CCJ ruling restores dignity, freedom of expression

Friday, November 16, 2018

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Dear Editor,

The Caribbean Vulnerable Communities Coalition (CVCC) welcomes the decision of the learned justices of the Caribbean Court of Justice (CCJ) in ruling that Guyana's cross-dressing laws are unconstitutional.

Common sense has prevailed and justice has been served not only for four appellants but for a whole community of trans persons who have been extremely marginalised from country to country across the Caribbean.

The decision of the CCJ is a step in the right direction; a step that signals that we're becoming a more liberated region which recognises the right of every human being to due process, freedom of expression, non-discrimination and equity.

The case was brought by four appellants, who identify as transgender, after they were arrested, convicted and punished for cross-dressing in public.

In conjunction with the Society Against Sexual Orientation Discrimination, and supported by CVCC, proceedings were brought in the High Court of Guyana challenging this law on several grounds, including that it is discriminatory and inconsistent with the Constitution of Guyana. However, both the High Court and the Court of Appeal in Guyana denied the constitutional challenges. The appellants took their case to the CCJ arguing that the law violated their constitutional rights to equality and non-discrimination and freedom of expression, thereby circumventing the rule of law.

On Tuesday, November 13, 2018 the CCJ handed down the judgement ordering that Section 153(1)(xlvii), which criminalises cross-dressing, be struck from the laws of Guyana. The court held that the law was unconstitutionally vague, violated the appellants' right to protection of the law, and was contrary to the rule of law. A majority of the judges, President Adrian Saunders and justices Jacob Wit and Denys Barrow, also upheld the appeal on the basis that the law resulted in transgendered and gender non-conforming persons being treated unfavourably by criminalising their gender expression and gender identity.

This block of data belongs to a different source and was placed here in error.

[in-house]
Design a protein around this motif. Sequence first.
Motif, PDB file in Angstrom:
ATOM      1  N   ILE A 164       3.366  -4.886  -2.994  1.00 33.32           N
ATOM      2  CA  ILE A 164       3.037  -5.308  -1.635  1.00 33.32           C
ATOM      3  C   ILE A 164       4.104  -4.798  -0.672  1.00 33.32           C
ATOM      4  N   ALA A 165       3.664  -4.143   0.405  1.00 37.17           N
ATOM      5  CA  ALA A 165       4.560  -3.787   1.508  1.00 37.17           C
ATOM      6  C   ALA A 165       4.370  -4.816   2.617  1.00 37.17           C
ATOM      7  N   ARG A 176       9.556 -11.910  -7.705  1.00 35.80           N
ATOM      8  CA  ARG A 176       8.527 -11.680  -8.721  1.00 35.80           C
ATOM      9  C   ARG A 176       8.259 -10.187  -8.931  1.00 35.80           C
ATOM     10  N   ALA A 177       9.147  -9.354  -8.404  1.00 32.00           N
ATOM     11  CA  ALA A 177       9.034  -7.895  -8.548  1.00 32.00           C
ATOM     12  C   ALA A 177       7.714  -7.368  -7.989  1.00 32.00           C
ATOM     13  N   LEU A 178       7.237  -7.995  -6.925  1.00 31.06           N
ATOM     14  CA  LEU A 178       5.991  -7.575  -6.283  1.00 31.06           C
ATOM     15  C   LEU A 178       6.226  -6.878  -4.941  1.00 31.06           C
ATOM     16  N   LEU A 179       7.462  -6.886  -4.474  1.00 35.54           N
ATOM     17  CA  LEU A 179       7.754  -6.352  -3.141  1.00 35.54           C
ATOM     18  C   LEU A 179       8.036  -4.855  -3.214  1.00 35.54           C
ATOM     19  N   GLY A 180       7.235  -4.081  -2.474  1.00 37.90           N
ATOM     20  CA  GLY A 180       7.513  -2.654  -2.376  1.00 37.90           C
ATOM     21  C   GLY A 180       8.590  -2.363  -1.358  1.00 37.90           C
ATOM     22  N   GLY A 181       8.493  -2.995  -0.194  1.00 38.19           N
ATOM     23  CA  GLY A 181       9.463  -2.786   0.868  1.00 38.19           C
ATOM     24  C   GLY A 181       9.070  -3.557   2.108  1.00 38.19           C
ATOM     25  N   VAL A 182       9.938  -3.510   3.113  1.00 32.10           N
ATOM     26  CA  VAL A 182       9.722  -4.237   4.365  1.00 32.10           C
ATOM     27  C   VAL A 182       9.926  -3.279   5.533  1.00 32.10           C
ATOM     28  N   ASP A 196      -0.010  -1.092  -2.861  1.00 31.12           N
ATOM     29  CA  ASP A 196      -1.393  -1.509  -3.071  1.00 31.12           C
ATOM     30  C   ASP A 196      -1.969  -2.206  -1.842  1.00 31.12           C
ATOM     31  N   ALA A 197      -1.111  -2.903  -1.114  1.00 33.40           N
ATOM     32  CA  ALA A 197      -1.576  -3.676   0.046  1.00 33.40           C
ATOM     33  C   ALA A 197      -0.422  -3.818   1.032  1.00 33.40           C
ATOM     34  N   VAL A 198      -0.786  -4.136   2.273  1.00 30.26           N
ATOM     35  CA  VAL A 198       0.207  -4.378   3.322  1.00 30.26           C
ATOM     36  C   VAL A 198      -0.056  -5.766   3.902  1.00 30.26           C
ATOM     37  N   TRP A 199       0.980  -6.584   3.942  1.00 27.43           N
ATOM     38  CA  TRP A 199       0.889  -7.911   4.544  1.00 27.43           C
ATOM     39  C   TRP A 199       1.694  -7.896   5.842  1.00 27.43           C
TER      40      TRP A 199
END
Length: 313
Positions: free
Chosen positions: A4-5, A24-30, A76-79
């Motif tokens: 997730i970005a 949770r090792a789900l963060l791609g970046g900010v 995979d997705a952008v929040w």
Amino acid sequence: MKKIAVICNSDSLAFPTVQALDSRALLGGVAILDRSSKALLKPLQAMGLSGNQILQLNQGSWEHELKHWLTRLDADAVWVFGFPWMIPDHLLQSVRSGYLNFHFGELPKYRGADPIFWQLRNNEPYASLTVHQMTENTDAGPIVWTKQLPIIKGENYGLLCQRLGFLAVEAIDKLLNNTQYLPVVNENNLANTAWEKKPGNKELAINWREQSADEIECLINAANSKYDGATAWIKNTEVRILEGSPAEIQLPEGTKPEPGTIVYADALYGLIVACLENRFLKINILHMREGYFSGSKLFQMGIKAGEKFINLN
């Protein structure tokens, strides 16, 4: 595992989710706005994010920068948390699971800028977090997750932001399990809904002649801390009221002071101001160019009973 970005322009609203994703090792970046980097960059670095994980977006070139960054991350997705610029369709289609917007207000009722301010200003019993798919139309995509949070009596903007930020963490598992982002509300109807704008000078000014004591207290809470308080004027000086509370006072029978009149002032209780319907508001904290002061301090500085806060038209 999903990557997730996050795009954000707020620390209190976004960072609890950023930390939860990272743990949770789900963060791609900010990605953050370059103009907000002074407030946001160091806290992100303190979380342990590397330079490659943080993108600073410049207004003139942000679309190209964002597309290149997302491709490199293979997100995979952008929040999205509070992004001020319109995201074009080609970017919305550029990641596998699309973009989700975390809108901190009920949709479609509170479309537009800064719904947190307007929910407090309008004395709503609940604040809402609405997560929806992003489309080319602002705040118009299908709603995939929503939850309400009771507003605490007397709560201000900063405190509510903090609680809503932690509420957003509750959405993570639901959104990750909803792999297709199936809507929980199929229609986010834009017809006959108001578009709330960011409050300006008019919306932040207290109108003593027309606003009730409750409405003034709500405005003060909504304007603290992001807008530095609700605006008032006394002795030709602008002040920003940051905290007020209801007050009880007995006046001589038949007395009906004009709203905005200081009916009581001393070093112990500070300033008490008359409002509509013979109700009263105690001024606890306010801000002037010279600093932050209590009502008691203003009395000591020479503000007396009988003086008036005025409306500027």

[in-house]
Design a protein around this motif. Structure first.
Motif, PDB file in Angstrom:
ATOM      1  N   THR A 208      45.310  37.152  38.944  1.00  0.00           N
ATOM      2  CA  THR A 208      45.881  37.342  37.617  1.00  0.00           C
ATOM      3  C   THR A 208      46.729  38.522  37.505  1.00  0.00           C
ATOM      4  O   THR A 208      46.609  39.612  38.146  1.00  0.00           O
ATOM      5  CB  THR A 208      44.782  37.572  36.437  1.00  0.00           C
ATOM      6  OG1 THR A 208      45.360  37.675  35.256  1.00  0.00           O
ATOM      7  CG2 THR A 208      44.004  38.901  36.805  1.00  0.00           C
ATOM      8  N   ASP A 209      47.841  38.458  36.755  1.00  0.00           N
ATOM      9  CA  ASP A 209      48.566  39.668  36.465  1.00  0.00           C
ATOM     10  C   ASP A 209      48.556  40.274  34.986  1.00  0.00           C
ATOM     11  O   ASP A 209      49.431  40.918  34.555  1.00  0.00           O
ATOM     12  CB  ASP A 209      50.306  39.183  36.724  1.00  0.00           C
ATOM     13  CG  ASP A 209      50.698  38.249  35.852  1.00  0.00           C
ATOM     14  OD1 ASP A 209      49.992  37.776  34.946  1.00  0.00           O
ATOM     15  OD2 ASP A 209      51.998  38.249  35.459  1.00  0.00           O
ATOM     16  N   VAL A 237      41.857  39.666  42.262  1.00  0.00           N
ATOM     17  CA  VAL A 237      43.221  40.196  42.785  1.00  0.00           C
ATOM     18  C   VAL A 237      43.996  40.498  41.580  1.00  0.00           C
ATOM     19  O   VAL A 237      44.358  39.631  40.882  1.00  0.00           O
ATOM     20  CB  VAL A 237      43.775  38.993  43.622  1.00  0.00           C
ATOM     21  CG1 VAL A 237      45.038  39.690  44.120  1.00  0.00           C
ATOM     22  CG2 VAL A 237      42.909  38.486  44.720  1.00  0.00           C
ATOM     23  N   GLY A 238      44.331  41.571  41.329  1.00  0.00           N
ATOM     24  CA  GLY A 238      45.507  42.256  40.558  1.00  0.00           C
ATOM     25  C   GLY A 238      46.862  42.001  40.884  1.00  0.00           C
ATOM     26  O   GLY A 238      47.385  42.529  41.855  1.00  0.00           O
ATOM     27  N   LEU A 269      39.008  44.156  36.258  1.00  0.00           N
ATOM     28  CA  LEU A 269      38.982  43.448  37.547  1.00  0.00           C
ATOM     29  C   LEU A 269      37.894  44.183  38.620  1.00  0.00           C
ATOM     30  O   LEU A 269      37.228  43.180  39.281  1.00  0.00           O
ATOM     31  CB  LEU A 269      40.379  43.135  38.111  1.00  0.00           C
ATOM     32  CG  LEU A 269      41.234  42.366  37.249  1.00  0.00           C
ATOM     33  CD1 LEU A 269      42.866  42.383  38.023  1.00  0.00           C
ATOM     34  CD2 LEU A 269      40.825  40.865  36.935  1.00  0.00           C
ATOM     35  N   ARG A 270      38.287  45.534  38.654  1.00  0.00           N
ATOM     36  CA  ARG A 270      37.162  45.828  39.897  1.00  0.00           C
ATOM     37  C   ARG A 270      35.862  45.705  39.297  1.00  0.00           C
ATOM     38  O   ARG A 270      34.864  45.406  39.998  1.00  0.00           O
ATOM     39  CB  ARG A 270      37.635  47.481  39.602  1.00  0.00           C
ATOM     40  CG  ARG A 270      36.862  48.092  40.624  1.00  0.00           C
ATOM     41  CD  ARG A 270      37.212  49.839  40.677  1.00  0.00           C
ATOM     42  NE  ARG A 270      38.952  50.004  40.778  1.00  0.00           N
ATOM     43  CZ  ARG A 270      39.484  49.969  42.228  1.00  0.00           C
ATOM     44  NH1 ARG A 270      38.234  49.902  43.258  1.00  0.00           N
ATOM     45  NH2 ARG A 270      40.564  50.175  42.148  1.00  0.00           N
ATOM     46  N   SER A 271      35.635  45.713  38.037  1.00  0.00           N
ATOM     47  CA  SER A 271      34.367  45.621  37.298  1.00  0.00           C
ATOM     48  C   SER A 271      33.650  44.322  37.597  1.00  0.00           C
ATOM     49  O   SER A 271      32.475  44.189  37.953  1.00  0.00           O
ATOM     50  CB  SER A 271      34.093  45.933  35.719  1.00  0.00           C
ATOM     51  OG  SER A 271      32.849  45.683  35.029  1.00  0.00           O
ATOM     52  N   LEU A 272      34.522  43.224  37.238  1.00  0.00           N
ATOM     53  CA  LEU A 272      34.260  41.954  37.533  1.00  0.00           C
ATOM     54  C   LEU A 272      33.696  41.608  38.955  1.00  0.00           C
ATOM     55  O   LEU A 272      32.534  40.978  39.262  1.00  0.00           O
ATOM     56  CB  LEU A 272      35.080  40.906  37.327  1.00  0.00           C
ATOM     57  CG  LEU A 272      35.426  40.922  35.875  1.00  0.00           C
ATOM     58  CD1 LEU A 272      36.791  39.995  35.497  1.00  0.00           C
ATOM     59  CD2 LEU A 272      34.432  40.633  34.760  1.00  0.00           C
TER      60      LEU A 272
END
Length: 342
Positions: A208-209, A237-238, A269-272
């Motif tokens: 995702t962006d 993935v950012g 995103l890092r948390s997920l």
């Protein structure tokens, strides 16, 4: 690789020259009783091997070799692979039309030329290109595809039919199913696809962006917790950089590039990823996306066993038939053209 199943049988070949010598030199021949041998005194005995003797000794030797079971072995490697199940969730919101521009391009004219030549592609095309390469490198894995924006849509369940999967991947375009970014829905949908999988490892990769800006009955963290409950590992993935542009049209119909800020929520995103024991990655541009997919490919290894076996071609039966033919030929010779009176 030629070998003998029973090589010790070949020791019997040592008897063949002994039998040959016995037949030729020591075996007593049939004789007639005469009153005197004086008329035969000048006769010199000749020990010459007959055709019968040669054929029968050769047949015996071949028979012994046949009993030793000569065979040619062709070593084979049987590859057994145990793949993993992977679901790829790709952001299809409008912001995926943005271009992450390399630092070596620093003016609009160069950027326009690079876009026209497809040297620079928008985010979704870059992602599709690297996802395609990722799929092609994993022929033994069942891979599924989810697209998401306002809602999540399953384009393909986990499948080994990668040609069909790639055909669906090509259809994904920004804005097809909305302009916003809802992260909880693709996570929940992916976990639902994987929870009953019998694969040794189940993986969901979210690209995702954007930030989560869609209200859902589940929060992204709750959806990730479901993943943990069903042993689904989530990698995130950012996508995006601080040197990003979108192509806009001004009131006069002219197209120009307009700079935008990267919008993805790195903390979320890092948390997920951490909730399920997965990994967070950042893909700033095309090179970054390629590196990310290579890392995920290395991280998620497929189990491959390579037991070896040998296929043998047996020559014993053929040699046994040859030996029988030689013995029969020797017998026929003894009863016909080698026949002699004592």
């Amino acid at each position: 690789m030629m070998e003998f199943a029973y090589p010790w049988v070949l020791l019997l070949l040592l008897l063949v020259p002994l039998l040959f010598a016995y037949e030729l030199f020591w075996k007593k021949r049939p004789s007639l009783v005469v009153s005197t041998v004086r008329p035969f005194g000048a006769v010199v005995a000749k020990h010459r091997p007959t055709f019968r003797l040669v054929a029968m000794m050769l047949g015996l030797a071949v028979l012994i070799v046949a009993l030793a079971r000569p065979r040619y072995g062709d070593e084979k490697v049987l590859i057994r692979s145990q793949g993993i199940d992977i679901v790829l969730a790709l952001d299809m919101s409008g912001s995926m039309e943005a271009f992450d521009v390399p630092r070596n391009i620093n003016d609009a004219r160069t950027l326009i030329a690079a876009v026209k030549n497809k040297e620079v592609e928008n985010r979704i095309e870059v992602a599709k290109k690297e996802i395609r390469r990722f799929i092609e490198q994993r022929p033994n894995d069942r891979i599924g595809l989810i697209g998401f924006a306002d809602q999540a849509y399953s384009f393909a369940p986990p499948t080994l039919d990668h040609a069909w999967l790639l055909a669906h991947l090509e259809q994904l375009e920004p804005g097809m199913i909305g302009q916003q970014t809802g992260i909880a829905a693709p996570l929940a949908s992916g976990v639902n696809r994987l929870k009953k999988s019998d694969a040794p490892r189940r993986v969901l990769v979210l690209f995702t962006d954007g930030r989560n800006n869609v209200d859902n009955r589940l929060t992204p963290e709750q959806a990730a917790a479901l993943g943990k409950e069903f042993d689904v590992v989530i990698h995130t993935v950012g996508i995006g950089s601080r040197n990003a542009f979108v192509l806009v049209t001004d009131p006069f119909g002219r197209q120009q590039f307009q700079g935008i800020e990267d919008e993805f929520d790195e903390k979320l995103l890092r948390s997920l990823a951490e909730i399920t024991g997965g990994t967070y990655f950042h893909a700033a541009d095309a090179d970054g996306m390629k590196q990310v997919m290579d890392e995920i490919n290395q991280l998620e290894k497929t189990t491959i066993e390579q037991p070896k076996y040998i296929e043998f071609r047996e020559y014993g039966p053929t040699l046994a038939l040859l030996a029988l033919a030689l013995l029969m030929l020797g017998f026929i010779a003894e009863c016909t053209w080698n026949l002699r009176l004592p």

It was a long fight and CVCC applauds the appellants for staying the course. The appellants are to be commended for maintaining the courage of their conviction to selflessly stay the course, since 2009, while challenging the constitutionality of an 1893 post-slavery vagrancy provision that saw them detained, convicted, and fined for dressing as women. The decision of the CCJ will allow them to restore their dignity and reclaim their right to freedom of expression in public spaces, not only for themselves but for the community of which they are a part.

Dona Da Costa Martinez

Caribbean Vulnerable Communities Coalition Co-Chair

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